Party Polarization In American Politics

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Party polarization in American politics is a phenomenon that has been pervading into American government for the last few decades. Simply put, the term refers to the ideological distance between the two parties within government growing farther and farther apart in Congress, which have various consequences on the American way of life. The causes of party polarization include historical demographic changes since the 1950s, external forces acting upon the public, as well as demographic changes. Possibly the most popular explanation for polarization in American congress is Southern Realignment, a term coined to describe the increasingly Republican southern White, and the disappearance of southern Democrats, particularly those who are more conservative.…show more content…
Voter income has become increasingly affiliated to ideological and party ID, with higher-income voters tending to be linked with Republicans, and lower-income voters leaning Democrat. The divide is significant enough that political scientists, namely Nolan McCarty in his book, Polarized America: The Dance of Ideology and Unequal Riches, have denoted popular theories for polarization (such as Southern realignment and religion) in favour of income as the primary reason. McCarty argues that the tendency for high-income Americans to side with the Republican Party reduces incentives for politicians to look for a middle ground when considering economic issues; therefore, less centrists are in government, and polarization between the two parties occur, with politicians growing farther apart on the ideological scale in order to satisfy the voting needs of the voters they have already captured (high-income for Republicans, and middle/low-income for Democrats). (McCarty et al.,…show more content…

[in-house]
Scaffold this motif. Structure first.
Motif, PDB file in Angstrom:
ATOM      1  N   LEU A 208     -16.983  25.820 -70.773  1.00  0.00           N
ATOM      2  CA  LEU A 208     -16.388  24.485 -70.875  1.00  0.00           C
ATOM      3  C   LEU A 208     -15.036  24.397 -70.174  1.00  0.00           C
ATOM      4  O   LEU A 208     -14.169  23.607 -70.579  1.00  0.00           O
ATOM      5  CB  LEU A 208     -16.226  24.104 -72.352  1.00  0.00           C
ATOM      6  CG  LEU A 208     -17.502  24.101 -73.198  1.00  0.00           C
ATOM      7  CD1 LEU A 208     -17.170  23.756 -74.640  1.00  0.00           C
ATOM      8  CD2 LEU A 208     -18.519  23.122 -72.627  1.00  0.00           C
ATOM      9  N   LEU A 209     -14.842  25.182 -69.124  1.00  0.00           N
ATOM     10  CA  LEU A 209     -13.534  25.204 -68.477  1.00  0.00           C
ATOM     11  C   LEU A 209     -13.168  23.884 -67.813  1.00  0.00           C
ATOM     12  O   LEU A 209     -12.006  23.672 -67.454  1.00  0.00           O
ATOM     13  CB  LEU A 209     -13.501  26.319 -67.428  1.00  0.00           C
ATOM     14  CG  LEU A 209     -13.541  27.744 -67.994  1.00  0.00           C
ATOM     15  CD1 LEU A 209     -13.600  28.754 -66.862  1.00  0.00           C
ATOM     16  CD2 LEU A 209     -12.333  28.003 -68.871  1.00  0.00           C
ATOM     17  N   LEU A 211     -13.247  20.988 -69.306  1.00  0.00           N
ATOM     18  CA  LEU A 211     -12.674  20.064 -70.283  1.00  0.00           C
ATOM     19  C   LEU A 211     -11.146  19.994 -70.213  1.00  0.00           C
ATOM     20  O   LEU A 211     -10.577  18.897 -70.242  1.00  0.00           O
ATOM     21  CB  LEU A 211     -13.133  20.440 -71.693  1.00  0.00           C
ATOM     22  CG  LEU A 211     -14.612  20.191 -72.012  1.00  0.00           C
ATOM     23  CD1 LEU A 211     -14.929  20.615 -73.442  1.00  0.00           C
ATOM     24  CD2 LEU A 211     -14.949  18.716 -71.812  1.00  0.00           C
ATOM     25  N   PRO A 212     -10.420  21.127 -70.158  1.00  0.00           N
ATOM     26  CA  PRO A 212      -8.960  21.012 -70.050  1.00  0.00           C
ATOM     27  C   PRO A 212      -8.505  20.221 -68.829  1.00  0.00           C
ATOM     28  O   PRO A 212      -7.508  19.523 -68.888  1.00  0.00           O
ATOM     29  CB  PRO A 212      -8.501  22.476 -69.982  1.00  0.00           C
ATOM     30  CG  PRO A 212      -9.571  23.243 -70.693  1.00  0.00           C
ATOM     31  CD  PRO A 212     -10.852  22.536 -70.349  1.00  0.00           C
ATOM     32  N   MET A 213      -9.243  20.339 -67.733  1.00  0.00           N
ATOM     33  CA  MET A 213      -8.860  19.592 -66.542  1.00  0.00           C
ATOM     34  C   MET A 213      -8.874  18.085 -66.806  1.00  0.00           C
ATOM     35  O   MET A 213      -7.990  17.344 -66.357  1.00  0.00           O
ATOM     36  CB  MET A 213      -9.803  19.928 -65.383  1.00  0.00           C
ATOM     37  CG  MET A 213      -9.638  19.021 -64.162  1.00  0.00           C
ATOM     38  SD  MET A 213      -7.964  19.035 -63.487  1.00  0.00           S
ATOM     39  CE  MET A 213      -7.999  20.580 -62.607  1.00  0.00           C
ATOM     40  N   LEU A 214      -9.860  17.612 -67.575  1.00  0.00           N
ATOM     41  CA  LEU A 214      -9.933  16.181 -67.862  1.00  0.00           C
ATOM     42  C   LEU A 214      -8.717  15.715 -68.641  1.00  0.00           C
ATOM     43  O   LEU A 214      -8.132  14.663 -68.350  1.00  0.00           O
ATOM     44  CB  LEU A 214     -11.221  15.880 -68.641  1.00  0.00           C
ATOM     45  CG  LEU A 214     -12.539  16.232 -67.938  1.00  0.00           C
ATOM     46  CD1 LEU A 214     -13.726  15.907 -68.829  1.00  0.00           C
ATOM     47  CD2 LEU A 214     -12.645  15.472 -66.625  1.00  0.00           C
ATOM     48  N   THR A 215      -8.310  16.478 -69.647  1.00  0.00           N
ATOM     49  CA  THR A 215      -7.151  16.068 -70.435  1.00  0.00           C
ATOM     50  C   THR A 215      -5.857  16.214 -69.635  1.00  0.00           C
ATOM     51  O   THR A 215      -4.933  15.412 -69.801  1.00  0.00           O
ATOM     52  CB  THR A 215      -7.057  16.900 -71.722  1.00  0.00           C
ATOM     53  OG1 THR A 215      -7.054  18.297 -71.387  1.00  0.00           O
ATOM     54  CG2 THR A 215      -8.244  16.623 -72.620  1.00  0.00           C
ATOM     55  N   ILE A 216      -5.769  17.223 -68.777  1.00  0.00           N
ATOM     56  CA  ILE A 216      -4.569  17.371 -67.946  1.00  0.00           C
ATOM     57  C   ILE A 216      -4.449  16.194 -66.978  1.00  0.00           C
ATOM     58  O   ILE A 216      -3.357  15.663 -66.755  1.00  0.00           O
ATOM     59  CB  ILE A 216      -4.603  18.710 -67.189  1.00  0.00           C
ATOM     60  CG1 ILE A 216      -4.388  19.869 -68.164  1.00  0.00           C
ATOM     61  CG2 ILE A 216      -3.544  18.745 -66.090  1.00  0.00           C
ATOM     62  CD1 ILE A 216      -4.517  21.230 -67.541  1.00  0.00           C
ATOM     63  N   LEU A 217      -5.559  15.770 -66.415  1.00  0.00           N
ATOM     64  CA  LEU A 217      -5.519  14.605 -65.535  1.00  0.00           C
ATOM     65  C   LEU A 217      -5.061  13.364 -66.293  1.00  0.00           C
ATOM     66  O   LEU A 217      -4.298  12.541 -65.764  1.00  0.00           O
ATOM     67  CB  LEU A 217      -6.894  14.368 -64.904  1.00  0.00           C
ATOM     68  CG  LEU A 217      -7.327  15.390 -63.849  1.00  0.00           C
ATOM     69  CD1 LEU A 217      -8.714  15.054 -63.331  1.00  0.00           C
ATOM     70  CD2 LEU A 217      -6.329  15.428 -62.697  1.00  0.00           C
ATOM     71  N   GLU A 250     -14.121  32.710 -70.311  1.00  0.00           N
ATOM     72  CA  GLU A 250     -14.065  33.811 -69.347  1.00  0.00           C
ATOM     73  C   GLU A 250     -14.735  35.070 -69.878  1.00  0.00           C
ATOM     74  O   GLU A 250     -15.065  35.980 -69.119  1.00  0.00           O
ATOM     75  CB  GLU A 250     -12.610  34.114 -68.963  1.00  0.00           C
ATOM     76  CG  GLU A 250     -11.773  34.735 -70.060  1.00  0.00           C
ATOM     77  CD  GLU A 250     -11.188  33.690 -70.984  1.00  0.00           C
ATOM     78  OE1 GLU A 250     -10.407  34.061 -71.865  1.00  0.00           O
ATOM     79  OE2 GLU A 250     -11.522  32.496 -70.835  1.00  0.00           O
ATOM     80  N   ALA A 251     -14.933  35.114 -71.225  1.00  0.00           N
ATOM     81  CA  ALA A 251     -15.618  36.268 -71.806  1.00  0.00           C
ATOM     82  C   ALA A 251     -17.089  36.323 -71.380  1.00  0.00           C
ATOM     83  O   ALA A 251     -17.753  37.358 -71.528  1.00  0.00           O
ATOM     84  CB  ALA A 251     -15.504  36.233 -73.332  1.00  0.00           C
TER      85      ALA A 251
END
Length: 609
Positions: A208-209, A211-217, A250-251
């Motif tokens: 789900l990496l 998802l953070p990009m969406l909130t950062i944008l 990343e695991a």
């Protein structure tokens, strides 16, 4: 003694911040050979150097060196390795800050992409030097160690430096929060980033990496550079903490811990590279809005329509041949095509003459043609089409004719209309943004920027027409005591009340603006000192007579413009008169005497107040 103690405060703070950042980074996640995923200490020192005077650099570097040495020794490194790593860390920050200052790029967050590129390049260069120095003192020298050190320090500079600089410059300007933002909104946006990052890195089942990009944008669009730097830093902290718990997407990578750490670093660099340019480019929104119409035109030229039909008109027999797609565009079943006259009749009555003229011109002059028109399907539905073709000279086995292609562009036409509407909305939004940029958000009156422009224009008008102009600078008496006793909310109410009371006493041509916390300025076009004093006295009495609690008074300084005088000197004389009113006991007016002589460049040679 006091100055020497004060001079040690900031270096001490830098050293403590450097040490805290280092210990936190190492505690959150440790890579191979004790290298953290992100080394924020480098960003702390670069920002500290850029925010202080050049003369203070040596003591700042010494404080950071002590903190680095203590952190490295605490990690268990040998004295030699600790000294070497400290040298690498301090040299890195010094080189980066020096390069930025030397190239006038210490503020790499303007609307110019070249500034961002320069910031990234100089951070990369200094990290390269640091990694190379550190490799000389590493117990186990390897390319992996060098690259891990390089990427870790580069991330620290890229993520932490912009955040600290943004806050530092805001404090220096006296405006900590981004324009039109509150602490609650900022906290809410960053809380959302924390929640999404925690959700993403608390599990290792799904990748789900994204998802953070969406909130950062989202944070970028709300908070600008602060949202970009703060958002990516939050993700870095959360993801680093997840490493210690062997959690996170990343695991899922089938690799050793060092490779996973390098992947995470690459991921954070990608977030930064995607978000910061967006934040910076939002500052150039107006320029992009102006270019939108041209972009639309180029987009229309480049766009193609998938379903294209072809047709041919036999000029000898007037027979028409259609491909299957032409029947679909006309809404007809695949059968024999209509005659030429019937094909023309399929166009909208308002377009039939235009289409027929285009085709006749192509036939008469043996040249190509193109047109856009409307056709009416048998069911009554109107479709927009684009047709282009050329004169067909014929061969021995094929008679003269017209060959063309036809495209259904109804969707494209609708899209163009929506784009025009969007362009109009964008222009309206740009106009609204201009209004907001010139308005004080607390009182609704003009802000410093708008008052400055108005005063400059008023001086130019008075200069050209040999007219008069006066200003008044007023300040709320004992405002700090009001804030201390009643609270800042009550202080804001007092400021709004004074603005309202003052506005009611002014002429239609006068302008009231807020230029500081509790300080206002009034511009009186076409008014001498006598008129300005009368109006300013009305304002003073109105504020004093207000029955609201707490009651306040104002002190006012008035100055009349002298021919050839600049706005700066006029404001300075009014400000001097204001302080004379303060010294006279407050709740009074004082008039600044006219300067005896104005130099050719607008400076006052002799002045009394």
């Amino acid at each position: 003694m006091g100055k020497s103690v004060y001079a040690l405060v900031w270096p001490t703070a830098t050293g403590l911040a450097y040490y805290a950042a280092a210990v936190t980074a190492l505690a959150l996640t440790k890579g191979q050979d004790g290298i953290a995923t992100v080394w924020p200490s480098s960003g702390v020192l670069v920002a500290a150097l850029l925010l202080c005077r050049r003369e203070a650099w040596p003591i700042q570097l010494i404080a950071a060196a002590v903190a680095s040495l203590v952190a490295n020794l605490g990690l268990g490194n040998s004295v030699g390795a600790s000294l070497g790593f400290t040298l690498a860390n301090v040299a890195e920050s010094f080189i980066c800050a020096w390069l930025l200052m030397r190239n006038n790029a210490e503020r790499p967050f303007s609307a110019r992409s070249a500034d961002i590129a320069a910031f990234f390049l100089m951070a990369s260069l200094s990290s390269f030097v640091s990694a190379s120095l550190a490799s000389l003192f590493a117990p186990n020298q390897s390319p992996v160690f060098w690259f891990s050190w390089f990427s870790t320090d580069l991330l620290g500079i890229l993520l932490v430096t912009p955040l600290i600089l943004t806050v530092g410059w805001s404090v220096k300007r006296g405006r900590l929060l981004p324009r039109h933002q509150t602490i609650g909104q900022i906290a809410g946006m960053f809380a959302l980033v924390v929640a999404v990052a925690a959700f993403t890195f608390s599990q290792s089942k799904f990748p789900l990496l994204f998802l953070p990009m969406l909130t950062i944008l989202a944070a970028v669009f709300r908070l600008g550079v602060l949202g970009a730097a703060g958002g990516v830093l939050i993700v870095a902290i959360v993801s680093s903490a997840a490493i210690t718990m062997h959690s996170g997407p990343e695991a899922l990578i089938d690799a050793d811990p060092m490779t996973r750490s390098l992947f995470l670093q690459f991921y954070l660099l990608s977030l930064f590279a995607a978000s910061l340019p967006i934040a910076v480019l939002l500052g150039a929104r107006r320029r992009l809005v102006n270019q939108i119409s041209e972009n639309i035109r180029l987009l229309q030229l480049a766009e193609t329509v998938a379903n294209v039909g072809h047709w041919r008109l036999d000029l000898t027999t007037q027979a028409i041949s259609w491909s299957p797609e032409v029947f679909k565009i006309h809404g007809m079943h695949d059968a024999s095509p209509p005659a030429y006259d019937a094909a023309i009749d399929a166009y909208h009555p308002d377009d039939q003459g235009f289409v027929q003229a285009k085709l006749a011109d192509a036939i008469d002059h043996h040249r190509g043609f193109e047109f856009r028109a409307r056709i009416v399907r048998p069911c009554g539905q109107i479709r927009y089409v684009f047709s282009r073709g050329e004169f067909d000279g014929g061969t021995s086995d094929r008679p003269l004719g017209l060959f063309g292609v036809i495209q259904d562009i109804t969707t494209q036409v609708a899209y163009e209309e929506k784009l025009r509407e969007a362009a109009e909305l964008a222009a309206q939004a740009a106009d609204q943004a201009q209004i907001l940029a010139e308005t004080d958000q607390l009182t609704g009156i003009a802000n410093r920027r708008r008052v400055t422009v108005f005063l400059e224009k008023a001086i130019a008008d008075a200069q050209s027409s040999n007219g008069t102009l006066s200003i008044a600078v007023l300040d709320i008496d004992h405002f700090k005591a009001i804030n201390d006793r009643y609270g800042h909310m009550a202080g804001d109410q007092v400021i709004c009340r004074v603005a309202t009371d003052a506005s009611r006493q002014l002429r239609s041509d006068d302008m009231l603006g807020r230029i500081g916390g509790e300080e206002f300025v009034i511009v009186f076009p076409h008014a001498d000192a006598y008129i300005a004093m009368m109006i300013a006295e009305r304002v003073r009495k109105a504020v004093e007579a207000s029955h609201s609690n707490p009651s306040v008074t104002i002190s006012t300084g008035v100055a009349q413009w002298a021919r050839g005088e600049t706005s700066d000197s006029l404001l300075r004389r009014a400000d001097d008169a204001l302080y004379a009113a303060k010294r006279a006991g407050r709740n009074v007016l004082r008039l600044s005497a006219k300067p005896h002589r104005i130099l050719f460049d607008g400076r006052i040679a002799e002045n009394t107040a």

Wealth allows for a college and postgraduate experience, which tends to make voters more liberal; ideologically, approximately one-sixths of voters classify themselves as liberals, but over a quarter of those who have a postgraduate education are liberals. The mid-2004 popularity poll of President Bush exemplifies the relationship between ideology and education, while half of all voters in the sample said they trusted him, less than a third of voters with a postgraduate education said the same, obviously implying that a vast majority of those with higher education did not support Bush’s conservative ideas. This relationship between education and income leads to a situation where there is a divide in ideology between those who have/ can afford higher education and those who cannot; interestingly, despite the generally higher-income population being linked with the Republican Party, the well-educated, who presumably also have a decent amount of wealth, are linked with the Democratic Party. As James Wilson mentions in his article, How Divided Are We, having a post-graduate education “seems to outweigh the effect of affluence.” The sensitive dynamic between wealth and education in determining partisanship encourages politicians to polarize in order to attract voters on their side of the political spectrum. (Wilson,
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